12 comments:

  1. Coincidentallly, I was reading/writing about Ellen Willmott today.
    I must seek out this book!

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  2. Until recently I had clumps of another Miss Wilmott, Potentilla nepalensis, which is a lovely plant (though not Cornflower-coloured), and also mentioned in the book. I am determined to re-establish it alongside its dark maroon sister, which I still have, and would have photographed for today's post, had it not been raining quite so hard.

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  3. I quite like the sound of this! I love that you bring so many books I might not hear of otherwise to my attention :)

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  4. Nice one! It's always a happy surprise when a book chosen at random turns out to be so good. I like the way it caught your eye with its plain spine.

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  5. I've wanted to read this ever since its appearance on Canada Reads. Now, I'd just settle for reading something by her!

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  6. Nymeth, I'm impressed that I can *find* books you don't know! and glad to reciprocate.

    Margaret, spines can tell you a lot, can't they? :)

    John, yes, worth reading. And aren't you impressed that I'd got my first review in so quickly? and the second to follow soon, too, as I've just finished Late Nights on Air - I was grateful for your recommendation for it, a lovely book.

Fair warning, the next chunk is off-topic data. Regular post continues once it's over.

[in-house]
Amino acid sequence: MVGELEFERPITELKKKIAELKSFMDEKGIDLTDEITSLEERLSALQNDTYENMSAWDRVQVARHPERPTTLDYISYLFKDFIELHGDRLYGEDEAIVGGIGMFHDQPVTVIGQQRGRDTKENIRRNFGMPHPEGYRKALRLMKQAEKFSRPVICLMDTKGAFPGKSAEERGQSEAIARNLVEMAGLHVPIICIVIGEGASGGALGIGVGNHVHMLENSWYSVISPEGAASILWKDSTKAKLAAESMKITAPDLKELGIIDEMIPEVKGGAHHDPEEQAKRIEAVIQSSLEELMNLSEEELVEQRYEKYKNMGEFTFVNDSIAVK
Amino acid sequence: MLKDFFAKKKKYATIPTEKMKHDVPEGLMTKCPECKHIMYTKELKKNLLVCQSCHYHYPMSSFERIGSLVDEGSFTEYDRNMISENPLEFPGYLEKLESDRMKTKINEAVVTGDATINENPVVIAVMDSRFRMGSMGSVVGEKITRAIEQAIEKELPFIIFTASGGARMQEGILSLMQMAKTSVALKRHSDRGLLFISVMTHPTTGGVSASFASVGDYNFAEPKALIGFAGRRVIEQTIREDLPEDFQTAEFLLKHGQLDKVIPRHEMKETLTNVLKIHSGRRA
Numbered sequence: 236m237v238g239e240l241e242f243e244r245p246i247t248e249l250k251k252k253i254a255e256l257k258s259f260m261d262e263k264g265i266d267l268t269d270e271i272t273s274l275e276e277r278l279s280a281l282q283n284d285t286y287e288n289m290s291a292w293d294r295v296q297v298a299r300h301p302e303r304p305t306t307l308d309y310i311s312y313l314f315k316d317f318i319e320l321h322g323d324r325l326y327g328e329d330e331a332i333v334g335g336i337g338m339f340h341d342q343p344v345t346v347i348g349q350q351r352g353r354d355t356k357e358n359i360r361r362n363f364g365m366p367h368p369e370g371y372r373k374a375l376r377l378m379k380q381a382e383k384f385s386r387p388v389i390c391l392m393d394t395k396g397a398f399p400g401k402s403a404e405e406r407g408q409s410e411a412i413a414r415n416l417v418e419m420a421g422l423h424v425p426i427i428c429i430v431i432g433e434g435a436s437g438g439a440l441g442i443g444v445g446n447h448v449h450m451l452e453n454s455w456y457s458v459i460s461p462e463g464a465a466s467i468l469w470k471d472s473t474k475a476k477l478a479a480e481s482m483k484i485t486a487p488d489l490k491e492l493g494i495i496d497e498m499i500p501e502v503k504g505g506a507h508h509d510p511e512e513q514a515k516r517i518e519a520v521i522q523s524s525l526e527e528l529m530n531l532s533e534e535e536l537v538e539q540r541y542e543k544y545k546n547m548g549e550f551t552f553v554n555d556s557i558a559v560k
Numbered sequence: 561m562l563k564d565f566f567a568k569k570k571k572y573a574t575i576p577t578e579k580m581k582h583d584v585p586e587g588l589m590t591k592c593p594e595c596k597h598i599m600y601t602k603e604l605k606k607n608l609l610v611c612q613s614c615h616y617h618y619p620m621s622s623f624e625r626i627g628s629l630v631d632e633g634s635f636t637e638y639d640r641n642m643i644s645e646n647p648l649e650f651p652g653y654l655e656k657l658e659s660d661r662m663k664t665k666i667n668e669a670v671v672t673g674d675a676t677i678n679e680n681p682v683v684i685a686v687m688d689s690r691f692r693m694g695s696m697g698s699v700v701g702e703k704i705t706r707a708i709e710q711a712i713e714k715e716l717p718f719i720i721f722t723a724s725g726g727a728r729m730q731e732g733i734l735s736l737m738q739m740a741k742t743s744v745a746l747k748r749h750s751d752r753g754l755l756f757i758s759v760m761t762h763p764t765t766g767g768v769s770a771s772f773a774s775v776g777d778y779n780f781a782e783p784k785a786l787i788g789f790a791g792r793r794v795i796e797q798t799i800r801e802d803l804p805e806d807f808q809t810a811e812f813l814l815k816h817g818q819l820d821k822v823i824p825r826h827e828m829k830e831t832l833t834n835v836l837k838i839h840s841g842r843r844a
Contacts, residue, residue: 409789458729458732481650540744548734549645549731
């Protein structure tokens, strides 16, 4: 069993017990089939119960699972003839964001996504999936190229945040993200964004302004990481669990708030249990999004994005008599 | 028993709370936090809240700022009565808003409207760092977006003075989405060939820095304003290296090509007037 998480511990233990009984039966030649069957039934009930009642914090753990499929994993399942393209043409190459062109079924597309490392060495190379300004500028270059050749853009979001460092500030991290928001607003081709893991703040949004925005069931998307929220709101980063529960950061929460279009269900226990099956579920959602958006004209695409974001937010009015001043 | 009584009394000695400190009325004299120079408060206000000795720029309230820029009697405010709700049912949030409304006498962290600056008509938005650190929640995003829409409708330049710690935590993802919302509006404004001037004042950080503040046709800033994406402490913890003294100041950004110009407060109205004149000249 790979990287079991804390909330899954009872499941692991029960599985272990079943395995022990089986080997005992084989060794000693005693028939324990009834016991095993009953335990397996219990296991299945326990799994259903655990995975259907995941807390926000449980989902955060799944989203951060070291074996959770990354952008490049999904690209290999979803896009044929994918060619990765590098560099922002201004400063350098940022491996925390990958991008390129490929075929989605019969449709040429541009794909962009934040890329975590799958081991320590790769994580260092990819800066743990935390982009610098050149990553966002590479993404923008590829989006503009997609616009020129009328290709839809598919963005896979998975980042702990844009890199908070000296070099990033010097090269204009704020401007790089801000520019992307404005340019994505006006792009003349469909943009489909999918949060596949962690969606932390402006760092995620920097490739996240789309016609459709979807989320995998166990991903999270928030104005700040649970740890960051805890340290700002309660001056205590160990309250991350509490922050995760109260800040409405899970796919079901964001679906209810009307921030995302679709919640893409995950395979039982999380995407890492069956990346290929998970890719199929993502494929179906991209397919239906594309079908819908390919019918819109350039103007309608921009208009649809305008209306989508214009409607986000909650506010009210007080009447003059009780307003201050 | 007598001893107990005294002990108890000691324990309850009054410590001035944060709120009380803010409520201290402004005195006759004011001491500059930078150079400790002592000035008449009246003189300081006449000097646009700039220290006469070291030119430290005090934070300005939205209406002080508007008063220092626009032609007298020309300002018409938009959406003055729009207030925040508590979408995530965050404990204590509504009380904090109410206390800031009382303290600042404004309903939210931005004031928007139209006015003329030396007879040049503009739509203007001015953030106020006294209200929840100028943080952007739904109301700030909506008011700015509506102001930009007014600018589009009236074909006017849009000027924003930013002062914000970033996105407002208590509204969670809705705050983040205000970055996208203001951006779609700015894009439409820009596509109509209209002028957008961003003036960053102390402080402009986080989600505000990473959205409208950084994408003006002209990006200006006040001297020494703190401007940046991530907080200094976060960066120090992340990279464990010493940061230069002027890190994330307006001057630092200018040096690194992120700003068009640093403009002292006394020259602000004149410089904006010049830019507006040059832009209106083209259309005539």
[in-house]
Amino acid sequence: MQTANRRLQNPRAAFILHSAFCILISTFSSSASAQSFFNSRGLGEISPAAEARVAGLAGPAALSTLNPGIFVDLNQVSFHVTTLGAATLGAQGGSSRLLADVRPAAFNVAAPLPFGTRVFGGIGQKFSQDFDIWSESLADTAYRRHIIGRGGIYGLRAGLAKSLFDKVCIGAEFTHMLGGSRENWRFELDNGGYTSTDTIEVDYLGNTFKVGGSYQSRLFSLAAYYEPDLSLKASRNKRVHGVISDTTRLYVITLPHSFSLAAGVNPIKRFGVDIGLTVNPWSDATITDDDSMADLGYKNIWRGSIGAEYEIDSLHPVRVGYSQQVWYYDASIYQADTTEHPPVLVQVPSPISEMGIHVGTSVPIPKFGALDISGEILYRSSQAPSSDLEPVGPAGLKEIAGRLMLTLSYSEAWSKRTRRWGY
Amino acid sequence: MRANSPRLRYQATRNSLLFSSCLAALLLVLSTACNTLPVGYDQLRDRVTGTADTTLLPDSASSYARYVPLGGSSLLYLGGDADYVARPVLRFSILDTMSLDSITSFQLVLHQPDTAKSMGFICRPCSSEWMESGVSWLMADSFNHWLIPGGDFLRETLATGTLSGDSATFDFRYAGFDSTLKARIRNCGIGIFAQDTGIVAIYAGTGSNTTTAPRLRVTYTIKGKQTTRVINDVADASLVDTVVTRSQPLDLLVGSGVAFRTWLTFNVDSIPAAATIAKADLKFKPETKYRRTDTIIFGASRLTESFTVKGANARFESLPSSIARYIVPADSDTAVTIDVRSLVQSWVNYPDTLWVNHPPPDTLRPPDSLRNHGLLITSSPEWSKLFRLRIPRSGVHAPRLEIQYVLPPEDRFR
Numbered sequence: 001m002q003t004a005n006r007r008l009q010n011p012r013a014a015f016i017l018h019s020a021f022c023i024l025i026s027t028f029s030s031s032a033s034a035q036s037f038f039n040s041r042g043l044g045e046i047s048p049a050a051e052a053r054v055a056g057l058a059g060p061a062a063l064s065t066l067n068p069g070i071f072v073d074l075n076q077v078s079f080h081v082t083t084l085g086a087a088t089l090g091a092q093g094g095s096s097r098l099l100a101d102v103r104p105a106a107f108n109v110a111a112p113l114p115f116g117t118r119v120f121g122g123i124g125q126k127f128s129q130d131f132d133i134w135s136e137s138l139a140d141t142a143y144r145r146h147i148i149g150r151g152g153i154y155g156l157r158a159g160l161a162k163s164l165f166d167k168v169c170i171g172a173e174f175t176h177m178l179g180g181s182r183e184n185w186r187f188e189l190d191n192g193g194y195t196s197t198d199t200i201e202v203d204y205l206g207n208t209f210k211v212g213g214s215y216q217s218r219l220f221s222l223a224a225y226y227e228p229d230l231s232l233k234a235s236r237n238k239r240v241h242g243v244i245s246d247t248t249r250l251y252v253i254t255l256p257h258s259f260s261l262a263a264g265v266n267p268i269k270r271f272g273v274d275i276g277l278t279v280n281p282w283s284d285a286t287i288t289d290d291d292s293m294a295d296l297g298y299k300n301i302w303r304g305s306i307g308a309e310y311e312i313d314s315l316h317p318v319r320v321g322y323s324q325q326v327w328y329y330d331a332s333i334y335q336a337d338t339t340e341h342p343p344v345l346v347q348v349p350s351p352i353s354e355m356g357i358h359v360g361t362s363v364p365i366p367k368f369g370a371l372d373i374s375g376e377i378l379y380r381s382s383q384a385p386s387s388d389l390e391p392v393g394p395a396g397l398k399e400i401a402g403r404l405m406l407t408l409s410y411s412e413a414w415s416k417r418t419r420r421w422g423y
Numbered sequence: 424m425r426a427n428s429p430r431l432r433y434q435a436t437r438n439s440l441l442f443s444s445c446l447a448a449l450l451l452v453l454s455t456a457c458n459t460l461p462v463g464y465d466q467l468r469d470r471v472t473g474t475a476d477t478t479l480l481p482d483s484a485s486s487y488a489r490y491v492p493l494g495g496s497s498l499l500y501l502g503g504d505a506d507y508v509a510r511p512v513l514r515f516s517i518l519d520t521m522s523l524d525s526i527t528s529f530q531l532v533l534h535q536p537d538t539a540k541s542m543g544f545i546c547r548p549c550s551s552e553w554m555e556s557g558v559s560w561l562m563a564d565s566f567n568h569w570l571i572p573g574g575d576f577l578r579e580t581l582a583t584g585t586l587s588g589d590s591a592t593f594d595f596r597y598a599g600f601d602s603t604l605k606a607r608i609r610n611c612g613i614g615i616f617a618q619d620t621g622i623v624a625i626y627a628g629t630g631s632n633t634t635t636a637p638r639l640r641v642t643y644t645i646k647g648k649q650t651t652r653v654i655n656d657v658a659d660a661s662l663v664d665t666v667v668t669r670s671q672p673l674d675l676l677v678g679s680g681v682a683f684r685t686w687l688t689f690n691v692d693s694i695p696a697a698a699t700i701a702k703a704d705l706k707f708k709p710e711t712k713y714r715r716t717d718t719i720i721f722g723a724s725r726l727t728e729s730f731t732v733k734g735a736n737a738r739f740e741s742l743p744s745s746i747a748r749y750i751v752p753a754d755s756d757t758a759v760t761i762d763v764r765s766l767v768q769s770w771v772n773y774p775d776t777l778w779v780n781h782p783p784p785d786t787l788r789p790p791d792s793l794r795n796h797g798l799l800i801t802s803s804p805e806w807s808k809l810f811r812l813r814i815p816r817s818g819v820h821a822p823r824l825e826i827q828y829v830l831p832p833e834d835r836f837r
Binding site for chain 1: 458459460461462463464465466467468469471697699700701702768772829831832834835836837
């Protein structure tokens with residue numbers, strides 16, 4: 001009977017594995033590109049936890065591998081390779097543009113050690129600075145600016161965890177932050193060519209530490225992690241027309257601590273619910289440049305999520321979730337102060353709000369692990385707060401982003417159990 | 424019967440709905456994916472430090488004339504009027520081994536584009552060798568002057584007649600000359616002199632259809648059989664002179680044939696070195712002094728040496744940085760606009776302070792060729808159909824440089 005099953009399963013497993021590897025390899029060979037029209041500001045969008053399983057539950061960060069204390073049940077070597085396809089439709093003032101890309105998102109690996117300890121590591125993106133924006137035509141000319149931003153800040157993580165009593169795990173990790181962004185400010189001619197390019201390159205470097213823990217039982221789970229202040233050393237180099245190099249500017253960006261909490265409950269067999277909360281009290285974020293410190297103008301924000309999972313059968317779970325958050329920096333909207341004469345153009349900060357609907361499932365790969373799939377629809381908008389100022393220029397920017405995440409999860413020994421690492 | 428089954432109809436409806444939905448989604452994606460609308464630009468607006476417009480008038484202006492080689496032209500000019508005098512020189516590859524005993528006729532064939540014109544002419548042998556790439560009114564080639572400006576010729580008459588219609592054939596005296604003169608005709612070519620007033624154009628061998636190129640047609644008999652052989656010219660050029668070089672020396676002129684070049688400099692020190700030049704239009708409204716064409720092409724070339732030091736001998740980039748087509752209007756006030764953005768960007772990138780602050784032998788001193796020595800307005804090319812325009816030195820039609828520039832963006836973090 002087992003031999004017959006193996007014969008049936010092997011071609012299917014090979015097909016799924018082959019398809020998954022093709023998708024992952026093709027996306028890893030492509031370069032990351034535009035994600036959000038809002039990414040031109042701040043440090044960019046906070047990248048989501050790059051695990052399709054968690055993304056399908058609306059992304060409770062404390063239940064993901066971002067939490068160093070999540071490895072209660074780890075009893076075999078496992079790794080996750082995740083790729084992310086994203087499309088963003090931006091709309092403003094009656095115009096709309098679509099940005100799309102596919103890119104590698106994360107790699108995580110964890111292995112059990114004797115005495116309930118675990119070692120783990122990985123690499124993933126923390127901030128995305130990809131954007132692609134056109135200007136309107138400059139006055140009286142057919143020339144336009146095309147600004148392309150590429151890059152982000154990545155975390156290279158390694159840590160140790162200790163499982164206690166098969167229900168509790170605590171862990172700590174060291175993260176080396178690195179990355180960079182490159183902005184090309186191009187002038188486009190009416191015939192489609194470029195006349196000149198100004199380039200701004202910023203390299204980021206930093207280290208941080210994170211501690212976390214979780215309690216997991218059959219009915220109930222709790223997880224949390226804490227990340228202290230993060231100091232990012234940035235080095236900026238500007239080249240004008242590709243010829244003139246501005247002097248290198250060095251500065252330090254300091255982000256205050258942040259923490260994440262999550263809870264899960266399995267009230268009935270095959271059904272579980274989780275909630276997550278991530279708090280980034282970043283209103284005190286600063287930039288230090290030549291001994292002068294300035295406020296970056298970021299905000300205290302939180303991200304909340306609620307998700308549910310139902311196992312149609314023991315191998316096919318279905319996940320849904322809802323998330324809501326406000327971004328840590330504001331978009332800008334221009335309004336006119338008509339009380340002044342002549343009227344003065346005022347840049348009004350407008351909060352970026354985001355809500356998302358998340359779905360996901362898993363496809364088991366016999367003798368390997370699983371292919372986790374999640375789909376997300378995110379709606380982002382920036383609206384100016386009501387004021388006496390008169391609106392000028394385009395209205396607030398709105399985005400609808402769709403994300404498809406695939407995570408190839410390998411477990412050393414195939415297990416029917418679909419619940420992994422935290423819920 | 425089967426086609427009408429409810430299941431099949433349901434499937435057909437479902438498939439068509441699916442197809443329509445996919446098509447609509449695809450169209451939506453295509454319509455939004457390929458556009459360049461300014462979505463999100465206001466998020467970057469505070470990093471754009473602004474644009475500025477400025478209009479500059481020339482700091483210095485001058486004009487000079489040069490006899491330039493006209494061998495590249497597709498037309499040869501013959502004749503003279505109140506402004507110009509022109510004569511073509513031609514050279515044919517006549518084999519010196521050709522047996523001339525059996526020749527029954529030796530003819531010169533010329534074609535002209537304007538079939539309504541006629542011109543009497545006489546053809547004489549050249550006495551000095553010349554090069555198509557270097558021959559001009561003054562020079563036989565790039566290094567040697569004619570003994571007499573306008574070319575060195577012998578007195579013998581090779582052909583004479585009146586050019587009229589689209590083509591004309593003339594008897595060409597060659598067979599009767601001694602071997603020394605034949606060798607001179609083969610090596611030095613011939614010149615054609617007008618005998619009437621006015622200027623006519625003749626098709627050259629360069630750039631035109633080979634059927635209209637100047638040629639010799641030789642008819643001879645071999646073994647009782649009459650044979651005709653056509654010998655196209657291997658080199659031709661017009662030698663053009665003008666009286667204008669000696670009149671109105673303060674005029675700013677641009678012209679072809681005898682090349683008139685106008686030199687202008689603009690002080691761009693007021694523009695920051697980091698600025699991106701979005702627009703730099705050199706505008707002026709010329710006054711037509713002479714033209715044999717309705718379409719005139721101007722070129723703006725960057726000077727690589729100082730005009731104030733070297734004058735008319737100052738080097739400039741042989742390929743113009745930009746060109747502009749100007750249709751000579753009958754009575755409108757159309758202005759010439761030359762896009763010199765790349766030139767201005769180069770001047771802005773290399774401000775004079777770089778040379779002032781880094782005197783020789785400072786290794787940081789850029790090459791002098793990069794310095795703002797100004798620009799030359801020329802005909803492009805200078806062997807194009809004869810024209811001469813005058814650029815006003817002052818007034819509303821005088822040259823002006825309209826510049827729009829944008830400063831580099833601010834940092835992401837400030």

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  7. I like the sound of this too!

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  8. I owned this for a while, started reading it a couple times, and put it aside. Then I ended up giving it to the library book sale. Why? I have no idea but I think I may have made a mistake after reading your review. The ghost of VW is especially touching. It seems like anything to do with her brings up the strongest emotions in me. Beautifully written review!

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  9. Hi GC, just to let you know that I'm back on line at http://ann163125b.wordpress.com/

    It's still under the Table Talk label, but I've had to change the platform. The one I was using before altered the goal-posts so often that it became impossible to go back to.

    I didn't know there was a Canadian read on the go. I shall have to look into this.

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  10. I loved this book. Also really enjoyed her latest, "Coventry". I heard her speak at a library thing and she was great -- you might also like her book about the Thames (Frozen Thames)since after all you are a lot closer to it than I am!

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  11. I gave this to my mother, and she really enjoyed it. I have to read it now! I really enjoyed your post about it also. Nicely done. You are so good for our Canadian writers, Geraniumcat!

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  12. Melanie, thanks for the recommendations!

    Susan, do read it, it's a lovely quiet book.